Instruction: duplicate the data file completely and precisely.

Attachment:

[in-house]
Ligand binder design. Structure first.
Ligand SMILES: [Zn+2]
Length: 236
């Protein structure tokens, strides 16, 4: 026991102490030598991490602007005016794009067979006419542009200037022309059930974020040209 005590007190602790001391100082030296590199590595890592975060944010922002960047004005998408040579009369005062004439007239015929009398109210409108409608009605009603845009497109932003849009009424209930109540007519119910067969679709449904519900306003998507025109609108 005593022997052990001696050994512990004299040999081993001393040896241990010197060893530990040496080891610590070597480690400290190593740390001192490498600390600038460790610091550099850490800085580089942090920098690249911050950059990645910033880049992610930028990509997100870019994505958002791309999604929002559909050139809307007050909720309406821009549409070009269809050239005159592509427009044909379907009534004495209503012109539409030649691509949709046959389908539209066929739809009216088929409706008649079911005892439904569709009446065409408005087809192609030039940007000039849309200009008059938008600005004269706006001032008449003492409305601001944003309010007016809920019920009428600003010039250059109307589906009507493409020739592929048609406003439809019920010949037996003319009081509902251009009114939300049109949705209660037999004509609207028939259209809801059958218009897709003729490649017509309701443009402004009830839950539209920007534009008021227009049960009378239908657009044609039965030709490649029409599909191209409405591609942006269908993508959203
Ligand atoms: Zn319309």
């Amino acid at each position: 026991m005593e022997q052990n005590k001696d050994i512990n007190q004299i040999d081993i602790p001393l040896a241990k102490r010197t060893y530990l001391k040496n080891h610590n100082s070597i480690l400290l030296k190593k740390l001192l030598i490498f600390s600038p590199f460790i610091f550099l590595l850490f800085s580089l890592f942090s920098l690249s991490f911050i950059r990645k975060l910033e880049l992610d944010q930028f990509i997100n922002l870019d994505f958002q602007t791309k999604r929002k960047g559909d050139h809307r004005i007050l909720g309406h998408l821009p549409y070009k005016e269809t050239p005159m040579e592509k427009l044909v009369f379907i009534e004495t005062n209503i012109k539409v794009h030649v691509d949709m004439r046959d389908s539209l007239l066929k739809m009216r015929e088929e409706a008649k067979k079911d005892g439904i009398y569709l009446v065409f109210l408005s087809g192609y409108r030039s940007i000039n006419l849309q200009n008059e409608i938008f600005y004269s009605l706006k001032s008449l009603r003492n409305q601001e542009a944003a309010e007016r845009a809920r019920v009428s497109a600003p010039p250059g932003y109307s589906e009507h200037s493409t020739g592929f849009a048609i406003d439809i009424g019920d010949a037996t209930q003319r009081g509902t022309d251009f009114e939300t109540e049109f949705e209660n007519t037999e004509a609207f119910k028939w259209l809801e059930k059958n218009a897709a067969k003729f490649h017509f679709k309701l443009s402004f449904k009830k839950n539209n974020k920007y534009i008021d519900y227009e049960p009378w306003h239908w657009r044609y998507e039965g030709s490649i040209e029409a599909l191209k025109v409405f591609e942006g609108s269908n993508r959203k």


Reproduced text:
[in-house]
Ligand binder design. Structure first.
Ligand SMILES: [Zn+2]
Length: 236
């Protein structure tokens, strides 16, 4: 026991102490030598991490602007005016794009067979006419542009200037022309059930974020040209 005590007190602790001391100082030296590199590595890592975060944010922002960047004005998408040579009369005062004439007239015929009398109210409108409608009605009603845009497109932003849009009424209930109540007519119910067969679709449904519900306003998507025109609108 005593022997052990001696050994512990004299040999081993001393040896241990010197060893530990040496080891610590070597480690400290190593740390001192490498600390600038460790610091550099850490800085580089942090920098690249911050950059990645910033880049992610930028990509997100870019994505958002791309999604929002559909050139809307007050909720309406821009549409070009269809050239005159592509427009044909379907009534004495209503012109539409030649691509949709046959389908539209066929739809009216088929409706008649079911005892439904569709009446065409408005087809192609030039940007000039849309200009008059938008600005004269706006001032008449003492409305601001944003309010007016809920019920009428600003010039250059109307589906009507493409020739592929048609406003439809019920010949037996003319009081509902251009009114939300049109949705209660037999004509609207028939259209809801059958218009897709003729490649017509309701443009402004009830839950539209920007534009008021227009049960009378239908657009044609039965030709490649029409599909191209409405591609942006269908993508959203
Ligand atoms: Zn319309």
């Amino acid at each position: 026991m005593e022997q052990n005590k001696d050994i512990n007190q004299i040999d081993i602790p001393l040896a241990k102490r010197t060893y530990l001391k040496n080891h610590n100082s070597i480690l400290l030296k190593k740390l001192l030598i490498f600390s600038p590199f460790i610091f550099l590595l850490f800085s580089l890592f942090s920098l690249s991490f911050i950059r990645k975060l910033e880049l992610d944010q930028f990509i997100n922002l870019d994505f958002q602007t791309k999604r929002k960047g559909d050139h809307r004005i007050l909720g309406h998408l821009p549409y070009k005016e269809t050239p005159m040579e592509k427009l044909v009369f379907i009534e004495t005062n209503i012109k539409v794009h030649v691509d949709m004439r046959d389908s539209l007239l066929k739809m009216r015929e088929e409706a008649k067979k079911d005892g439904i009398y569709l009446v065409f109210l408005s087809g192609y409108r030039s940007i000039n006419l849309q200009n008059e409608i938008f600005y004269s009605l706006k001032s008449l009603r003492n409305q601001e542009a944003a309010e007016r845009a809920r019920v009428s497109a600003p010039p250059g932003y109307s589906e009507h200037s493409t020739g592929f849009a048609i406003d439809i009424g019920d010949a037996t209930q003319r009081g509902t022309d251009f009114e939300t109540e049109f949705e209660n007519t037999e004509a609207f119910k028939w259209l809801e059930k059958n218009a897709a067969k003729f490649h017509f679709k309701l443009s402004f449904k009830k839950n539209n974020k920007y534009i008021d519900y227009e049960p009378w306003h239908w657009r044609y998507e039965g030709s490649i040209e029409a599909l191209k025109v409405f591609e942006g609108s269908n993508r959203k």